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October 1929


Author Affiliations


From the Laboratory of Biophysics, University of Minnesota.

Arch Intern Med (Chic). 1929;44(4):556-559. doi:10.1001/archinte.1929.00140040094008

This investigation was carried out to determine the influence of routine diathermy treatments on the general temperature of the patient and on the temperature of the surface of the skin under and adjacent to the electrodes. The temperatures were measured by a thermo-electric method. Copper-advance couples were used. One junction was kept near the body temperature in a thermostat similar to the one described by Clark,1 with a variation less than 0.02 C. The other junction was placed inside a hypodermic needle and soldered to the point of the needle. The temperatures were determined by means of a galvanometer.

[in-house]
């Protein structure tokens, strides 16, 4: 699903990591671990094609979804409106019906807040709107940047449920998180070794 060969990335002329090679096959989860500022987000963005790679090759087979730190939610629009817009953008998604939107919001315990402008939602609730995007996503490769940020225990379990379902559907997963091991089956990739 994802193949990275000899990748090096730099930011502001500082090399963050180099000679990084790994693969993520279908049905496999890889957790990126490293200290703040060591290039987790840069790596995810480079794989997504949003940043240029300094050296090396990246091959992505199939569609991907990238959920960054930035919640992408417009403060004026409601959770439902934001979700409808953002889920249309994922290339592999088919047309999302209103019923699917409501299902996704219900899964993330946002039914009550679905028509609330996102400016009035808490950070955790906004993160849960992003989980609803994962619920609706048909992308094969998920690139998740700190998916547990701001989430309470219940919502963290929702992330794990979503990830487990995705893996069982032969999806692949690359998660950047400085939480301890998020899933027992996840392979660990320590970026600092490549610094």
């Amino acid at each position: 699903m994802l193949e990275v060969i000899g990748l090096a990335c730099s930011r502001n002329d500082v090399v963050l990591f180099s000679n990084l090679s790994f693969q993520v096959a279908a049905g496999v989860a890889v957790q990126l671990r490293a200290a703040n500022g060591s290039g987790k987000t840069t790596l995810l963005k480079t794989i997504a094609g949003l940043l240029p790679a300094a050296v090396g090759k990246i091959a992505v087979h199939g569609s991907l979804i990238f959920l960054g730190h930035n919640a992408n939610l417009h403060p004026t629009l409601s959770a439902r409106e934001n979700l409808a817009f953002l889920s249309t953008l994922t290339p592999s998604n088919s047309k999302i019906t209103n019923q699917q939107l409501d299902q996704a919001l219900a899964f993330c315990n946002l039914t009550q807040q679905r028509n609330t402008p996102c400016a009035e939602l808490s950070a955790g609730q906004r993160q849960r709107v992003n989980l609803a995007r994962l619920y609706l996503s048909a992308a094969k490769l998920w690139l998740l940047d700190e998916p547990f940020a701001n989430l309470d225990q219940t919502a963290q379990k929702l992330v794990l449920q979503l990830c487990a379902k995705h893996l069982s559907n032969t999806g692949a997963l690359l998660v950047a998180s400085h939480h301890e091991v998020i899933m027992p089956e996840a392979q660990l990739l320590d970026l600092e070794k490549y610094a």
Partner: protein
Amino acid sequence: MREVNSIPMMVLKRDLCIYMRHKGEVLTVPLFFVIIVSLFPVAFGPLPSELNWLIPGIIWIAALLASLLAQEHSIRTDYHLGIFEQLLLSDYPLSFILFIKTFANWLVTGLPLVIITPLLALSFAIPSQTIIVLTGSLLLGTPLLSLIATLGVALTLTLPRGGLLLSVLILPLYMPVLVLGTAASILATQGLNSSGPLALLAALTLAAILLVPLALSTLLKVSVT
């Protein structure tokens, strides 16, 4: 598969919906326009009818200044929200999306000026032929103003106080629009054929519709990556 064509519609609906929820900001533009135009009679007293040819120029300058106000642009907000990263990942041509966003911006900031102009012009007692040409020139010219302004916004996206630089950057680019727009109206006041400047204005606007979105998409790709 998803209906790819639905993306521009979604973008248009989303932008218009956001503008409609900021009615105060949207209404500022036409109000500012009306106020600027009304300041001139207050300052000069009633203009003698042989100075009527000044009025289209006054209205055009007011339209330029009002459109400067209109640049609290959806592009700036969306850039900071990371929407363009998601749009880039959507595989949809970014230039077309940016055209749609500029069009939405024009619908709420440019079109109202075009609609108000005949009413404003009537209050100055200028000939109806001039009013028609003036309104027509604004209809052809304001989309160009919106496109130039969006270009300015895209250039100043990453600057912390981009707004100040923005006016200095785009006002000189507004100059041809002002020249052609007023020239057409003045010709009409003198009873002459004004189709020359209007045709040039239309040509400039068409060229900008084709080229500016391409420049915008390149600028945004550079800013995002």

The general temperatures of thirty-two patients receiving routine treatments were studied. A Victor diathermy machine was used. The temperature was recorded at the beginning and at the end of the treatment by placing the variable junction of the thermocouple under the tongue of the patient. The areas treated consisted of the